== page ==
• MS 62 – $1,900
  • MS 63 – $3,000
  • MS 64 – $9,500

Despite the estimated value of $30,000, the auction record for one 1886 DMPL Morgan in MS 65 grade is $23,400.

Also read: Top 10 Most Valuable Morgan Silver Dollar Worth Money

Rare 1886 Morgan Silver Dollar Errors List

The 1886 Morgan set includes a few specific and costly errors. Since collectors like these imperfect pieces, their price can be high, but you need to be aware of each piece’s condition. Only the highest-ranked coins can bring the highest sums.

3+2 clashed reverse


The 3+2 clashed reverse error appeared among silver dollars minted in Philadelphia. The result of the non-parallel dies for striking the coin obverse and reverse are silver dollars with increased value. The AU-graded coins typically cost $80, while you need to pay over $1,100 for those in MS 65 rank.

Doubled die


You can recognize two doubled die error coin types minted in Philadelphia in 1886. Those with doubled arrows on the reverse cost $940, while pieces with the doubled date are worth $400 to $4,000, depending on their grade.

Clashed die reverse

The dies sometimes come together during minting, leaving an imprint between the eagle and the wreath on the next coin. Such specimens cost about $80 to $260.

Line in M


These 1886 silver dollars are worth $65 to $350. You can recognize them after a line stretching along Lady Liberty’s neck.

Coin struck six times

Rare 1886 silver dollars were struck six times during minting, although there was no particular reason for this error. However, collectors like such imperfections and the costliest piece won an auction record of almost $4,000.

Partial collar strike

When a collar fails to confine the entire planchet, the result is beveled or/and smooth Morgan dollars. Their price range is from $250 to $300.

Die cap

1886 Morgan Silver Die cap

When a silver dollar sticks to the upper die, its design ends up on the following piece in the line. Since this error is unbelievably rare, you shouldn’t be surprised by the prices of several thousands of dollars reached at auctions.

Where to Sell Your 1886 Morgan dollar ?

Now that you know the value of your coins, do you know where to sell those coins online easily? Don’t worry, I’ve compiled a list of these sites, including their introduction, pros, and cons. 

Check out now: Best Places To Sell Coins Online (Pros & Cons)

FAQ about the 1886 Morgan Dollar

What makes 1886 Morgan silver coins rare?

Most 1886 silver dollars are not particularly rare in circulated and even up to MS 63/MS 64 condition despite these coins being almost 140 years old. However, the highest-ranked Morgans with the O mint mark are scarce, and only collectors with an unlimited budget can afford them.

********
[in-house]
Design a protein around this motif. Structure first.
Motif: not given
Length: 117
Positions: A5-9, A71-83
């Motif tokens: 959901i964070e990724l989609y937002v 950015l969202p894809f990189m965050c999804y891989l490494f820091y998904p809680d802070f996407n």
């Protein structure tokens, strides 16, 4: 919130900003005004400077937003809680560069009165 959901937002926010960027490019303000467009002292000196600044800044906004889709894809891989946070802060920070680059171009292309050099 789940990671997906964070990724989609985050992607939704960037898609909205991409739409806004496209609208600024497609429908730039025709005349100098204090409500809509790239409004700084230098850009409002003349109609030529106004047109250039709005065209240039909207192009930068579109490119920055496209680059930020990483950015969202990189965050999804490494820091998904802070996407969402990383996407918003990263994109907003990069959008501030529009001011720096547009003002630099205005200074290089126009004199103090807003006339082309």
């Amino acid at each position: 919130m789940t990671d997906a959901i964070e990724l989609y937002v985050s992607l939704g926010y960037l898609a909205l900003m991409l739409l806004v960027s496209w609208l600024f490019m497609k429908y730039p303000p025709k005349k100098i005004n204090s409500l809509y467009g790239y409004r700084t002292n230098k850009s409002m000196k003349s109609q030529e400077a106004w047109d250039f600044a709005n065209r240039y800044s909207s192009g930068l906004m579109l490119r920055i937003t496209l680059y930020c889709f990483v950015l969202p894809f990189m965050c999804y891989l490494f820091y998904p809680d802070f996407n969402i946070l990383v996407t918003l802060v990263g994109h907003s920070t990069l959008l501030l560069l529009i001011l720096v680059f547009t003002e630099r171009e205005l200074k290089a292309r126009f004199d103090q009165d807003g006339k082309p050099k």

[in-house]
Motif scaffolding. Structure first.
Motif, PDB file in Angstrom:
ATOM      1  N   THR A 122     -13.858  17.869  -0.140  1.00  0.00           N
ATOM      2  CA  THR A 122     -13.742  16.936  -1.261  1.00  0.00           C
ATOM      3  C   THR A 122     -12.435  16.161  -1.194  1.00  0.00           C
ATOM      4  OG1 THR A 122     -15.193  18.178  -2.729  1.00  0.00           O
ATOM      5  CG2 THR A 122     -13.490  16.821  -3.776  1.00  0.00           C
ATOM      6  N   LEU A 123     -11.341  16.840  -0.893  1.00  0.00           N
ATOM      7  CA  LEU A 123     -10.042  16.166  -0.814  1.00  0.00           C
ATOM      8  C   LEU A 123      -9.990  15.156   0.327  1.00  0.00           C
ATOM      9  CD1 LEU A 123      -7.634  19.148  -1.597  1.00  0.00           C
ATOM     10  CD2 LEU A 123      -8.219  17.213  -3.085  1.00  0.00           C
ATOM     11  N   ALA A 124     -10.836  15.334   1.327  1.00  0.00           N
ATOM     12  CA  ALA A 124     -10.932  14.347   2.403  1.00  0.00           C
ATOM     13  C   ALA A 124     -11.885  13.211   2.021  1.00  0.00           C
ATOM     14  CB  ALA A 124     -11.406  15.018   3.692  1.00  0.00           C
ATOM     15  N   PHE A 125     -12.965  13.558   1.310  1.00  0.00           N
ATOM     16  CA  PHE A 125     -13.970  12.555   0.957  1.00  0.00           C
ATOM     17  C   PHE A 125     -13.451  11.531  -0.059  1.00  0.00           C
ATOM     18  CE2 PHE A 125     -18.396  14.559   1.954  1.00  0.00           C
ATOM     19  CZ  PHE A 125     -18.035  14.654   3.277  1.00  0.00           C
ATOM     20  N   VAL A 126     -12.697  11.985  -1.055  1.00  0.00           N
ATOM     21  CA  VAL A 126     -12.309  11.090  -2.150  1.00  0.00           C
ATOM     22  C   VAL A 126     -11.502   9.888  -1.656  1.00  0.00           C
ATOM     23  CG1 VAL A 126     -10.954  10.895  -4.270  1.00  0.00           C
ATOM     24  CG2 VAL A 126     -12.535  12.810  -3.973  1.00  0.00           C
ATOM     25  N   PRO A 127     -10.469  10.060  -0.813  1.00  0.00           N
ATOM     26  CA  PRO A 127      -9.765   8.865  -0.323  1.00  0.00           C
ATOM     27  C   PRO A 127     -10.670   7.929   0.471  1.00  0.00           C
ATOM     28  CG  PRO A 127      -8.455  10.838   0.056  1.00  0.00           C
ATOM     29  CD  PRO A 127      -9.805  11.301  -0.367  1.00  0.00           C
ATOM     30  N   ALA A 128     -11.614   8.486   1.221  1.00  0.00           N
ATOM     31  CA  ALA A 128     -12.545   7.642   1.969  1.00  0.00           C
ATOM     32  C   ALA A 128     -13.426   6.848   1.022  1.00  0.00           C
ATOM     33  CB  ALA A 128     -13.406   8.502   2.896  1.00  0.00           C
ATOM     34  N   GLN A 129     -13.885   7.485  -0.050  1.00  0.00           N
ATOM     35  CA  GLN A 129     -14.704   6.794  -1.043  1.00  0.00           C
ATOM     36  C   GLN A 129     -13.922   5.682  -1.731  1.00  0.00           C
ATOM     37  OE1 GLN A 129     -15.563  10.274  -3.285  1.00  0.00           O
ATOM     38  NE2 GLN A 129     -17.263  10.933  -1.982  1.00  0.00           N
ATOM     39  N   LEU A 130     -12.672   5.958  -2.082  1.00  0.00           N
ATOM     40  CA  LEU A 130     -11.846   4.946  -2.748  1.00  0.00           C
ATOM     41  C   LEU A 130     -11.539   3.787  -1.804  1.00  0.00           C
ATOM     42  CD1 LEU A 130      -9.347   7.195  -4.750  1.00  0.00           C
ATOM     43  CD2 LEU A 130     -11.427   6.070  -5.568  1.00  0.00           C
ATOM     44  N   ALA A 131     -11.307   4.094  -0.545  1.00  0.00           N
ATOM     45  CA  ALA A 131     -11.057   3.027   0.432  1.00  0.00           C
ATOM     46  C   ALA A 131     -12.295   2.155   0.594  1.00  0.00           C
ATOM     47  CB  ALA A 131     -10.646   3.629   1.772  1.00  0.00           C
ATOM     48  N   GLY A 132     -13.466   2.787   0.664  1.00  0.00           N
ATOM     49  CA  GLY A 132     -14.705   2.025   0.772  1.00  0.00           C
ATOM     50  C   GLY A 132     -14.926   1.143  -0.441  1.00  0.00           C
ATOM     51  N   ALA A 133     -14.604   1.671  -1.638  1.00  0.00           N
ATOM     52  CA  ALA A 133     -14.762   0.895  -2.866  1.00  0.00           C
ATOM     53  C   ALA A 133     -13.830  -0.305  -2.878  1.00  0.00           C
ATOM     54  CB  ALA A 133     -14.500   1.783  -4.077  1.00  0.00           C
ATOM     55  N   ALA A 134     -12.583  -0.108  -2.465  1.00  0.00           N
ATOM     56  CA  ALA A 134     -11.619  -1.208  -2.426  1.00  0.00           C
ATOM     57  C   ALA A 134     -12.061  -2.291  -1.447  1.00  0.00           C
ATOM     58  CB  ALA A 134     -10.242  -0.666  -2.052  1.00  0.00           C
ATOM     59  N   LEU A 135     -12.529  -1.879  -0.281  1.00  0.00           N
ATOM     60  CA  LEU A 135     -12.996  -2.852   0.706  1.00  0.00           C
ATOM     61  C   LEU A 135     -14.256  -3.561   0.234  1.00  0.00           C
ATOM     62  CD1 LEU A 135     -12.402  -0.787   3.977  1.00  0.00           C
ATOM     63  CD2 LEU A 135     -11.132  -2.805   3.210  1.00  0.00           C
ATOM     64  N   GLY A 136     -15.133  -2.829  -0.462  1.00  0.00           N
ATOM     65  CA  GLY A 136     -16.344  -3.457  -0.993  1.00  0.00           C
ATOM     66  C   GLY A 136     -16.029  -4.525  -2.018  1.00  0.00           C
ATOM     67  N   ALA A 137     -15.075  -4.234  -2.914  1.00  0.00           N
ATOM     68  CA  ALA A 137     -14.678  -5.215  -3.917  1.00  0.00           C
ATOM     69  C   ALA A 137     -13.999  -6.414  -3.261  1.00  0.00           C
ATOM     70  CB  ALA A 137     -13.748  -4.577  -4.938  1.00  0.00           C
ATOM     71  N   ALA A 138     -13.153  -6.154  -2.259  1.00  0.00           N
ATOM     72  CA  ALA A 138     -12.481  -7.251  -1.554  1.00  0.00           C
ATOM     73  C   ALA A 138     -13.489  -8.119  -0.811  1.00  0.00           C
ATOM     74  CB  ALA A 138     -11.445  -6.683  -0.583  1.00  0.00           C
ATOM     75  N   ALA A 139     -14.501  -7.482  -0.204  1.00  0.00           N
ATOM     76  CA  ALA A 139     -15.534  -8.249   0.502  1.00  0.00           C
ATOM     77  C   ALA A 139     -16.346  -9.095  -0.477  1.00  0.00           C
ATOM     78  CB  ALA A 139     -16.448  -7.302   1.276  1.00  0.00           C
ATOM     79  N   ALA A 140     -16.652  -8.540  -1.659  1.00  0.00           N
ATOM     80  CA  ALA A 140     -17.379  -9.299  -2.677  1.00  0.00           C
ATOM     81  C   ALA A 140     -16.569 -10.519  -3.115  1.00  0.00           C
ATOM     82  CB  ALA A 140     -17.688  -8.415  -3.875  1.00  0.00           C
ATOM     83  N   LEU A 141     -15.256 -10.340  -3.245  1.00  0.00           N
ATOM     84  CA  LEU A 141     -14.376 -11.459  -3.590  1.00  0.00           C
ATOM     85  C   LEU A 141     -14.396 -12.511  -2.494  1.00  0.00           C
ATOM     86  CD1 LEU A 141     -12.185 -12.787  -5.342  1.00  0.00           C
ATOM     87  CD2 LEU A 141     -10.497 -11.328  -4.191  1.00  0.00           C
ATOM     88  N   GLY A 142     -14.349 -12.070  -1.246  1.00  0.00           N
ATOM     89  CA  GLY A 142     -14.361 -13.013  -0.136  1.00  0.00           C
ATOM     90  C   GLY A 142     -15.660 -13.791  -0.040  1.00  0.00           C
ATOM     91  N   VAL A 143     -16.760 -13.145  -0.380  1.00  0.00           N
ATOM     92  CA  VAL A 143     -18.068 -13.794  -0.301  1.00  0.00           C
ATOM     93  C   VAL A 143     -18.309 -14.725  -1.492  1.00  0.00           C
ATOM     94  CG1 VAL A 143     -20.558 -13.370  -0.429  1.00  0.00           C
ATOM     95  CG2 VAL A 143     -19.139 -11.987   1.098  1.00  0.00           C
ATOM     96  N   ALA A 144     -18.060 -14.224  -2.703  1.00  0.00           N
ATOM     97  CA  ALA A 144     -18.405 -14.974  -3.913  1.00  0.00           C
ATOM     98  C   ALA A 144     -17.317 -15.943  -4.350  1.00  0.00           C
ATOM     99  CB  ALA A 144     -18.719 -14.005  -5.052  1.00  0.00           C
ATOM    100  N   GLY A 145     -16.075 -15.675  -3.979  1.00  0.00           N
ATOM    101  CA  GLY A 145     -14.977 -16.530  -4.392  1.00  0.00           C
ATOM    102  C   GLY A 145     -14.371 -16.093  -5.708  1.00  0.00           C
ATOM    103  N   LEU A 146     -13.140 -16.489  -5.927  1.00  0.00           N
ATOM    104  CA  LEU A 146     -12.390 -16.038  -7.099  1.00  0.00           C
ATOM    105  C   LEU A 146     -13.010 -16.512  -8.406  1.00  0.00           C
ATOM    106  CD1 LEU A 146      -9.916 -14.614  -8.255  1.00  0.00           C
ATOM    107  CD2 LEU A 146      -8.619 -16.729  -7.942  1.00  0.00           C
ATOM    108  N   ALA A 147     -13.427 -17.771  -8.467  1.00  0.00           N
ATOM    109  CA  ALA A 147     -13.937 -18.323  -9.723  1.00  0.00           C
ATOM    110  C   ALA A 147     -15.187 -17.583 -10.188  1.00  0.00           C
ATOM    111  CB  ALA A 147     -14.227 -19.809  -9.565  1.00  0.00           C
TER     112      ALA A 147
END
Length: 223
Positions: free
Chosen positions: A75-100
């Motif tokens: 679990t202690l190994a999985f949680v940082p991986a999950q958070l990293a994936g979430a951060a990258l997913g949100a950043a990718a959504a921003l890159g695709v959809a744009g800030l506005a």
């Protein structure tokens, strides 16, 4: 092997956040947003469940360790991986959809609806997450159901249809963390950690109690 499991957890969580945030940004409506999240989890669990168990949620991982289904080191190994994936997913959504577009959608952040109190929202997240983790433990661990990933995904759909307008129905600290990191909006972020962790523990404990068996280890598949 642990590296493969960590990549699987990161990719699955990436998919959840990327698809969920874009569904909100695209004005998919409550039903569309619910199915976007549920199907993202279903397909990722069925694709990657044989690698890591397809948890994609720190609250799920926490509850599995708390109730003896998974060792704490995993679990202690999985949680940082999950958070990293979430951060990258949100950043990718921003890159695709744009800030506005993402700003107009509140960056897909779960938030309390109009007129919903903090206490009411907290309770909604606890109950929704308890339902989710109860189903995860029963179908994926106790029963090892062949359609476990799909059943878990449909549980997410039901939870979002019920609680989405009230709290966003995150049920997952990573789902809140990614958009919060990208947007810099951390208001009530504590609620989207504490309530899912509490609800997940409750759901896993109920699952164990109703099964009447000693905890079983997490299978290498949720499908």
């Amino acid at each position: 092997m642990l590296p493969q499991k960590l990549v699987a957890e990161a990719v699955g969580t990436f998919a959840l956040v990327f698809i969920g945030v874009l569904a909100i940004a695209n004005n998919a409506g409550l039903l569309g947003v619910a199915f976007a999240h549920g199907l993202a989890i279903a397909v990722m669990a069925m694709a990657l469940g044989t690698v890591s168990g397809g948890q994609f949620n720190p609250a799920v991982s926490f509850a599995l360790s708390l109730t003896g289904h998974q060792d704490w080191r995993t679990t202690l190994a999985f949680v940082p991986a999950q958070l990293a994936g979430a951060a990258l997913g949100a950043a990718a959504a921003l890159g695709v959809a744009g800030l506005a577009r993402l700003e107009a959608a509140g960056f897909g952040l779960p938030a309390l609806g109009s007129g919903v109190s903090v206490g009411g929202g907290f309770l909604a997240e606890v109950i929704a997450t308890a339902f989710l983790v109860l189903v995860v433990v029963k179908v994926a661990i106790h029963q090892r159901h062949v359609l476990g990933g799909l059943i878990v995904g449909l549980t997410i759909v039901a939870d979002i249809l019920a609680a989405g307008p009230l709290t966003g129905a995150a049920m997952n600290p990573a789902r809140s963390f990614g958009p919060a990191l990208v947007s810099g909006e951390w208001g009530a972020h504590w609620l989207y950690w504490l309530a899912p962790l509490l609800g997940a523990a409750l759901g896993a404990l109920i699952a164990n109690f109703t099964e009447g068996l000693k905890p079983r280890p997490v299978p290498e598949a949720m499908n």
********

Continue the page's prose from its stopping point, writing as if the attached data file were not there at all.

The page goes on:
Which 1886 Morgan silver coins are worth a lot?

  • 1886 O MS 67 silver dollar (DMPL quality) – $780,000 (2020)
  • 1886 O MS 65+ silver dollar – $235,000 (2015)
  • 1886 S MS 67 silver dollar – $66,000 (2020)
  • 1886 PR 67 silver dollar (DCAM quality) – $66,000 (2021)
  • 1886 PR 68 silver dollar (CAM quality) – $34,800 (2019)
  • 1886 MS 68 silver dollar – $27,025 (2015)
  • 1886 O MS 64 silver dollar (PL quality) – $26,400 (2019)
  • 1886 S MS 65 silver dollar (DMPL quality) – $23,400 (2021)
  • 1886 MS 66+ silver dollar (DMPL quality) – $18,800 (2014)
  • 1886 PR 67+ silver dollar – $18,000 (2021)
  • 1886 S MS 66 silver dollar (PL quality) – $16,100 (2008)
  • 1886 MS 67+ silver dollar (PL quality) – $15,000 (2021)

How much are the 1886 Morgan silver coins (No Mint mark) worth?

Circulated 1886 dollars from Philadelphia cost $34 to $70, while most coins in the mint mark are available for $75 to $1,400. Only MS 68-graded coins are out of this price range, and you need to set aside $16,000 to $16,500 to get one.

What are the most expensive silver Morgan coins?

The highest prices reached the following regular coins:

  • 1889 CC MS 68-ranked Morgan dollar – $881,250
  • 1886 O MS 67-ranked Morgan dollar (DMPL quality) – $780,000
  • 1884 S MS 68-ranked Morgan dollar – $750,000

Even though proofs never reached such high prices at auctions, the top-quality coins were expensive, including:

  • 1893 CC PR 66-ranked Morgan dollar – $323,125
  • 1883 O PR 67-ranked Morgan dollar – $270,250
  • 1895 PR 67+-ranked Morgan dollar (DCAM quality) – $269,500